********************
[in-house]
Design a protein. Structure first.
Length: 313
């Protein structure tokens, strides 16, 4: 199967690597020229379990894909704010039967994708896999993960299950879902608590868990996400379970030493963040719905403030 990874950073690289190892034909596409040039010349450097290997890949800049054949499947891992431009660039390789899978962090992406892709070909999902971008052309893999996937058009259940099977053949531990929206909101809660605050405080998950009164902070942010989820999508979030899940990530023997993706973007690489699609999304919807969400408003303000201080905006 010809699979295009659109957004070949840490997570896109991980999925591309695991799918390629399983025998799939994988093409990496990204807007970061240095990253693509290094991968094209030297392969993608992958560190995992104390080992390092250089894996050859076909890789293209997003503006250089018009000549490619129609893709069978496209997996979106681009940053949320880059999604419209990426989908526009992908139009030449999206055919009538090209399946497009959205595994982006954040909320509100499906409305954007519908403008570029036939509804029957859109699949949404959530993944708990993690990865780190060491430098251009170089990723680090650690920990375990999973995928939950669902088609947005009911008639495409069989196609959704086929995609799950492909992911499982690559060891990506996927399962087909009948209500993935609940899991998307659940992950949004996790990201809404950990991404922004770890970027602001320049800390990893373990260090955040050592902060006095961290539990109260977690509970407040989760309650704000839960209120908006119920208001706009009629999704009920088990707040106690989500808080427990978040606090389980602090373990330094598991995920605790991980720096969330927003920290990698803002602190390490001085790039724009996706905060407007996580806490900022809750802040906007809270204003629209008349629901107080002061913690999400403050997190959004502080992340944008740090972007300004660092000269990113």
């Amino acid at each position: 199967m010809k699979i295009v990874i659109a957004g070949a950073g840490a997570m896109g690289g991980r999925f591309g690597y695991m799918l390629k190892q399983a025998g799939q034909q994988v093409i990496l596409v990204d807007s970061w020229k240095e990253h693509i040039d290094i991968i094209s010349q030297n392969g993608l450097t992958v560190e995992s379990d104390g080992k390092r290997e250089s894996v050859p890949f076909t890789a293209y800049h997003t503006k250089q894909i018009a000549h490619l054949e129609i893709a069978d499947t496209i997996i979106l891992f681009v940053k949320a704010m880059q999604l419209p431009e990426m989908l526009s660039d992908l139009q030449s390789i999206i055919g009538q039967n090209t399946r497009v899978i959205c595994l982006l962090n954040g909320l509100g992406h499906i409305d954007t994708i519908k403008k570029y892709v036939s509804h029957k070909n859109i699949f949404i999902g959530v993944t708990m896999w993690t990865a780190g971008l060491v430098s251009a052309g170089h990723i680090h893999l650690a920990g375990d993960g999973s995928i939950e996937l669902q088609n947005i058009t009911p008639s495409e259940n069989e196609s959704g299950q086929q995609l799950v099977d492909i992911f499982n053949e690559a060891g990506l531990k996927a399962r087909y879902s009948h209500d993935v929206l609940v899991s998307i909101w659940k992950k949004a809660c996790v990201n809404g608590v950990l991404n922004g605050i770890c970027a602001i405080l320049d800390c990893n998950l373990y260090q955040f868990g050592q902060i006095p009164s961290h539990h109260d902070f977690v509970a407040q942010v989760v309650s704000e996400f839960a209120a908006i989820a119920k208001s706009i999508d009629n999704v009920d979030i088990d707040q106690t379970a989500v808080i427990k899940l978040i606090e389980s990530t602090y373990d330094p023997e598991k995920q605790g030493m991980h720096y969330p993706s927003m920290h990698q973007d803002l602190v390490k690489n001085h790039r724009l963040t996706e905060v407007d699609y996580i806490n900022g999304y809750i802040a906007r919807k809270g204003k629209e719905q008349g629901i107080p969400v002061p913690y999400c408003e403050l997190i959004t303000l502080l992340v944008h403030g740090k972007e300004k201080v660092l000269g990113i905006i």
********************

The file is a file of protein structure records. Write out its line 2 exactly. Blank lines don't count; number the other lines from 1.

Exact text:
Design a protein. Structure first.